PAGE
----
Do not underestimate your current inability to hinge correctly as having the potential to cause you pain or injury if you fail to heed this warning and jump directly into swings. Any “illusion of strength” developed through the typical weight room program of controlled, stabilized, and segmented exercises will quickly dissipate against the swing. We are here at this juncture to rebuild your “chassis”. Once your body adapts, and your hamstrings toughen up in response to the forces produced by the swing; and you will know what strong and resilient is. For now, just practice your hinging… ego aside.

I will advise here, again: Please review the material in S&S, and do not get started practicing snatches until you are ready.

One-arm Swing Performance.

The height of the bell is meaningless; concentrate on an explosive hip snap, and projecting power forward. This is the quality that we are concerned with: You are purposefully wasting energy, power, and effort—this is Hardstyle. Keep your body’s weight back on your heels and maintain a very tight plank position. Find the balance between your body weight and the swinging bell through your practice. End added text.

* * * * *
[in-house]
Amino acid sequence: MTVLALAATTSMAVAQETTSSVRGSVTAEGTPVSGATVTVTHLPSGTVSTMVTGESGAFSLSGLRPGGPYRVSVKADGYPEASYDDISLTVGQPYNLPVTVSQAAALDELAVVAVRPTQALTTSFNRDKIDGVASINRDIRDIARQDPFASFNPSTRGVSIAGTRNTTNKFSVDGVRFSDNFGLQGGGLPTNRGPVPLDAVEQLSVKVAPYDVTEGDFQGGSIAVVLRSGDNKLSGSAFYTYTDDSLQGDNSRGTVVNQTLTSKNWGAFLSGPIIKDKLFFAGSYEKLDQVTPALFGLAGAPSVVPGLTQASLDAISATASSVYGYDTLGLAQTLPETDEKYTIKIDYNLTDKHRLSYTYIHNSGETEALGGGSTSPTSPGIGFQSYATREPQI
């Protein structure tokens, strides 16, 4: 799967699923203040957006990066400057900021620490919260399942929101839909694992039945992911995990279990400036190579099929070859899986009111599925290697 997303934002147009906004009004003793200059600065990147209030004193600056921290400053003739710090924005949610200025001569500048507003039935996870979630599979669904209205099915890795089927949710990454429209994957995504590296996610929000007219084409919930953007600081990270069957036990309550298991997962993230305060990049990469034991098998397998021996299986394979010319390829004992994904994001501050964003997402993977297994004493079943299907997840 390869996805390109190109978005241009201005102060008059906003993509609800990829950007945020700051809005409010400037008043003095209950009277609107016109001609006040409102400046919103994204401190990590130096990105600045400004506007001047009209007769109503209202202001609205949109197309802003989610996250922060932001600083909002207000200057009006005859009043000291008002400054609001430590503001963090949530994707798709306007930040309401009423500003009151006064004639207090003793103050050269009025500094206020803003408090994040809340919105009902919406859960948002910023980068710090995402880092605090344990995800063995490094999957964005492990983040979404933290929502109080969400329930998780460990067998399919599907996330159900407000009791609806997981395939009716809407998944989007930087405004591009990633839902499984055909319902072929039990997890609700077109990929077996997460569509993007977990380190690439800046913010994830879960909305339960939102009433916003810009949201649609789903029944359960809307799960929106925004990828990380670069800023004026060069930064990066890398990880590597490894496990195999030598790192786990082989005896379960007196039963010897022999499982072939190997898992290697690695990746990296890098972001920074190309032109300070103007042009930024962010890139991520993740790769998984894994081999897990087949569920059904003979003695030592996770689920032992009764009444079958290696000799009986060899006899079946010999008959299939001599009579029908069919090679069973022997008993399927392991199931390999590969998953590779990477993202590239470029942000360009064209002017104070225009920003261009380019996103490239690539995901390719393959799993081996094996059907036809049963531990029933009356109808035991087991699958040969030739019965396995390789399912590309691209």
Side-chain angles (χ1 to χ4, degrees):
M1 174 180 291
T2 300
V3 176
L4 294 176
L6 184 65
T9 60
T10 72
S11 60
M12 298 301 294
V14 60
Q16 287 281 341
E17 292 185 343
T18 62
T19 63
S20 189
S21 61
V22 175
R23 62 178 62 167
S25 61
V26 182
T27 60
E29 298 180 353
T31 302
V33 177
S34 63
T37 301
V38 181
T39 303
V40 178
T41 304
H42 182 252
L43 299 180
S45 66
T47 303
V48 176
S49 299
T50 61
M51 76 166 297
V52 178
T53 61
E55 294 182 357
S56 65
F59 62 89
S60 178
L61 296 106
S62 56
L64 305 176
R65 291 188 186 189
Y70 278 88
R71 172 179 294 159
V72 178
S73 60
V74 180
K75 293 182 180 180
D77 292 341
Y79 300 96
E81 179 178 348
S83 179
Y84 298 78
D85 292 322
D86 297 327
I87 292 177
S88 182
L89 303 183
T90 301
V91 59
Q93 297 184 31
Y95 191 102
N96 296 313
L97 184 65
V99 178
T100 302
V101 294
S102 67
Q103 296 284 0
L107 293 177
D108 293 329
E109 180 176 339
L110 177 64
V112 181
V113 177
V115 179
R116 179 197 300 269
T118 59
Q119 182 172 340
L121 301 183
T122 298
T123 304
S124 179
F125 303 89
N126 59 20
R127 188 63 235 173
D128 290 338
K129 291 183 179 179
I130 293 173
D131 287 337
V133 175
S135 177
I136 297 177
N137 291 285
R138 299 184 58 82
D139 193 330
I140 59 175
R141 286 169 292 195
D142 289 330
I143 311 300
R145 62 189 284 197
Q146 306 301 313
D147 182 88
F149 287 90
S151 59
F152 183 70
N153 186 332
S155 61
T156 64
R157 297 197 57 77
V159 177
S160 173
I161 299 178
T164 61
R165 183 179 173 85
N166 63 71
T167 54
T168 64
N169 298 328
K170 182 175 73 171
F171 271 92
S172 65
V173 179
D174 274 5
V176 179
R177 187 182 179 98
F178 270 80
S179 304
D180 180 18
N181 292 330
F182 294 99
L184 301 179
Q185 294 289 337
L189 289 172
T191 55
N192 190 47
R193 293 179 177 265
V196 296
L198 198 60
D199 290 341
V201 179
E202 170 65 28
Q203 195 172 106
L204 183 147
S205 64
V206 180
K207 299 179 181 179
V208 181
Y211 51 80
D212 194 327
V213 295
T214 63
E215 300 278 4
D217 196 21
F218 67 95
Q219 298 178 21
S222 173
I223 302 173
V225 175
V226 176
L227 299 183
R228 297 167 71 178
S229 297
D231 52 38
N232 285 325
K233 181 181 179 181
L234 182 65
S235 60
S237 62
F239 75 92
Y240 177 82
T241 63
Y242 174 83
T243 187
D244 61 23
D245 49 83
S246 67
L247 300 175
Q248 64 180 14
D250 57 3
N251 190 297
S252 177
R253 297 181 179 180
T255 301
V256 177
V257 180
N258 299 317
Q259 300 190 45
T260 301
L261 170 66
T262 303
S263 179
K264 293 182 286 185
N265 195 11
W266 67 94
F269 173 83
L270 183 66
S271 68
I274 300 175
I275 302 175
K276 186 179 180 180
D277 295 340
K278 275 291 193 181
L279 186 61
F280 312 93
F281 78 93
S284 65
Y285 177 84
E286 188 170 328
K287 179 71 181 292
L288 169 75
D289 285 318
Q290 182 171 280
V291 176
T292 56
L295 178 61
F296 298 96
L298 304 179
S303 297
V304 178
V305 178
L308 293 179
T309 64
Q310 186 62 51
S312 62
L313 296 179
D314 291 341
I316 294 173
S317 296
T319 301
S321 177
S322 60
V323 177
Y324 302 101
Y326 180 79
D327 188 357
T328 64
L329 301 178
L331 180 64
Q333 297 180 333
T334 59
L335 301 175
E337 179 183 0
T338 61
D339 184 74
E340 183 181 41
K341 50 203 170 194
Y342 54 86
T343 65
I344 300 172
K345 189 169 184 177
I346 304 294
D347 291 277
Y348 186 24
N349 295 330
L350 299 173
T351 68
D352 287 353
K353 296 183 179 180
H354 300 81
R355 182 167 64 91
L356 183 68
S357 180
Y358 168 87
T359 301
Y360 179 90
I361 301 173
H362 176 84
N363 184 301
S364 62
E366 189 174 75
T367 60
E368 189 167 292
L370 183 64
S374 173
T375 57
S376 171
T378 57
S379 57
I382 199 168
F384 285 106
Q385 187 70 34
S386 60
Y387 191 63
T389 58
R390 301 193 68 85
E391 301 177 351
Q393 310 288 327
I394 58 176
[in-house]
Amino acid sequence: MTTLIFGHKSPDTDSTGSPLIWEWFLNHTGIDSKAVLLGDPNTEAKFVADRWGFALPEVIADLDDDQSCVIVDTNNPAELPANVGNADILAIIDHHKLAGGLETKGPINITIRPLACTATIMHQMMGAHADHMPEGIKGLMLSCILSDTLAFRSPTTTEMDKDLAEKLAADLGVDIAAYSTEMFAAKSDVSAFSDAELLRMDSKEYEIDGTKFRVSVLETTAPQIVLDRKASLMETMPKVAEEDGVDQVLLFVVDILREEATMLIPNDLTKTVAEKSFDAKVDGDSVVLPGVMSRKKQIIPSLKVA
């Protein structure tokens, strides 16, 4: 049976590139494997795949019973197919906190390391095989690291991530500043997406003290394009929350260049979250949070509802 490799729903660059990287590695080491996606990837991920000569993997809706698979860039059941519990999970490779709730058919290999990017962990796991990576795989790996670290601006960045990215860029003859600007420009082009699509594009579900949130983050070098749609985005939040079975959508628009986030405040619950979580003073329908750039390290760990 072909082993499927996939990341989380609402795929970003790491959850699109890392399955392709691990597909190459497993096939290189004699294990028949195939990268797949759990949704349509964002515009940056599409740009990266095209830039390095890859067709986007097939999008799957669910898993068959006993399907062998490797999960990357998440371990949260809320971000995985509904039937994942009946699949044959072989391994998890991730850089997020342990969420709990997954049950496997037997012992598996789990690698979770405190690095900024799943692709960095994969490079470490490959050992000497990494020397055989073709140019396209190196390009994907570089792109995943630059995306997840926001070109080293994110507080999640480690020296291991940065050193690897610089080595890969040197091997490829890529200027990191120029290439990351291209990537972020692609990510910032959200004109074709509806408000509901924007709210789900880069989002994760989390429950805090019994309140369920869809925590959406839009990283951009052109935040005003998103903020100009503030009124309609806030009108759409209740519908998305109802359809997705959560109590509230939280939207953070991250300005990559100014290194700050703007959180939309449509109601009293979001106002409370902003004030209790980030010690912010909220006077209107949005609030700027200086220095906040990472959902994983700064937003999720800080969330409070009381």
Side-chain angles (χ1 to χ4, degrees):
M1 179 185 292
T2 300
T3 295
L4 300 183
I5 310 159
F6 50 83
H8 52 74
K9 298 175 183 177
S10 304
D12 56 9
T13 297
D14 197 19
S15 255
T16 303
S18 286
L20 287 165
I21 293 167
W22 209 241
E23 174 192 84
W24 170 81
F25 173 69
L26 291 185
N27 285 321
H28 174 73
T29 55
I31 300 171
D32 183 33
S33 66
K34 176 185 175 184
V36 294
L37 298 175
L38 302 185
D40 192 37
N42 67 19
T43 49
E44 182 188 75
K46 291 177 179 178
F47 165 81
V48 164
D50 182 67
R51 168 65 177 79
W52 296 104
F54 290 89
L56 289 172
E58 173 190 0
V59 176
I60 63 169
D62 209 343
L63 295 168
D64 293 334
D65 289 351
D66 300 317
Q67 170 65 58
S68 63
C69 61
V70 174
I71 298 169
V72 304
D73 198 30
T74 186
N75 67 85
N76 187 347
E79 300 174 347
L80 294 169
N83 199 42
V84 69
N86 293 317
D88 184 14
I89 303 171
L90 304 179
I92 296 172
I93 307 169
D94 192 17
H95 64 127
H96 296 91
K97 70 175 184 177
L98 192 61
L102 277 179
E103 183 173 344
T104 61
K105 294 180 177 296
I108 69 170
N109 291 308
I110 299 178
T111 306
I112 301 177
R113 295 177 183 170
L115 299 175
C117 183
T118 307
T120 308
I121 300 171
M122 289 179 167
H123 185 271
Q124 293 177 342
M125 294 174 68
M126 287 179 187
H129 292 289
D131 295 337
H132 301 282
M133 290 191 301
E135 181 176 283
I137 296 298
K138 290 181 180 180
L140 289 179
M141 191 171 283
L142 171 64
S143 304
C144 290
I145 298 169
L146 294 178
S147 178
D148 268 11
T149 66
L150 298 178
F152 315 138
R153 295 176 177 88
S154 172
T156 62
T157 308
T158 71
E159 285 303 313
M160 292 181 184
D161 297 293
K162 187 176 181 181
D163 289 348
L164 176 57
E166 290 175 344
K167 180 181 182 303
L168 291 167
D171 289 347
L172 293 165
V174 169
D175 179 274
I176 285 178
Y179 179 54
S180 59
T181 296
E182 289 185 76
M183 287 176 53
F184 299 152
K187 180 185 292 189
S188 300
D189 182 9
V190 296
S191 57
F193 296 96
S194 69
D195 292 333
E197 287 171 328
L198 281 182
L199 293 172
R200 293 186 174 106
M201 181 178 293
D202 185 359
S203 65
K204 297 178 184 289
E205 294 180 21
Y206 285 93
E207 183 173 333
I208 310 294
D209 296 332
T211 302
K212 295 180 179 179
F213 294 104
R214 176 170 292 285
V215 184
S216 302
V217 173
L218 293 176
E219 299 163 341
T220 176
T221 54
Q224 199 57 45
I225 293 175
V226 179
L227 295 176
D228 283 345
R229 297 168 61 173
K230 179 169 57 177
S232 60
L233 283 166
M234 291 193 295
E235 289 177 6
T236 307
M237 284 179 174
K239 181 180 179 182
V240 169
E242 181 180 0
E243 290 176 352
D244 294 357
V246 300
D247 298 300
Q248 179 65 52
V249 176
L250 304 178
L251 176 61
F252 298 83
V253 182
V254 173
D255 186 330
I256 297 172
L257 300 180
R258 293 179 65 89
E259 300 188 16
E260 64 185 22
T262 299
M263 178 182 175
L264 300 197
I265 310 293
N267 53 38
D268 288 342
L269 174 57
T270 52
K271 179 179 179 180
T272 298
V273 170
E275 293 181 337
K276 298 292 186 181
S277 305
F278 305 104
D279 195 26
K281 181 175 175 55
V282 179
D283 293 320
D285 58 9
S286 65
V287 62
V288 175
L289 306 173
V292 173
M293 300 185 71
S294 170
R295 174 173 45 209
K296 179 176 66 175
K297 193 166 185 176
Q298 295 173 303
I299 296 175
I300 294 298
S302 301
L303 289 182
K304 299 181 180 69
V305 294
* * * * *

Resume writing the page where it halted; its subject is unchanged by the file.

• Take a stance about shoulder width, toes cantered out, about a foot behind the kettlebell
  • Sit back into the hinge, unlocking your knees, grab the bell, and lean it towards you
  • Tense up hard—pack the shoulders, brace the abs, squeeze the glutes, grab the ground with the feet and get ready. You will be looking at a spot on the floor about 20 feet ahead of you.
  • Shift your body weight back onto your heels as you forcefully “hike” the kettlebell up and back between your legs, grabbing a snort of air through your nose—compress the spring of the hinge position
  • Then, as you exhale a bit of air, quickly and forcefully snap your hips into extension, literally throwing the kettlebell forward across the room!
  • The bell will arc upward to about chest height, as your arm pivots about your shoulder
  • Let the kettlebell “float”, weightless for a moment, at the apex of the arc that the swing creates in front of you
  • As the bell falls under gravity’s influence, hold the plank as long as possible, then guide the bell back into the hinge position, keeping its return path high up near your crotch—once again, compress the spring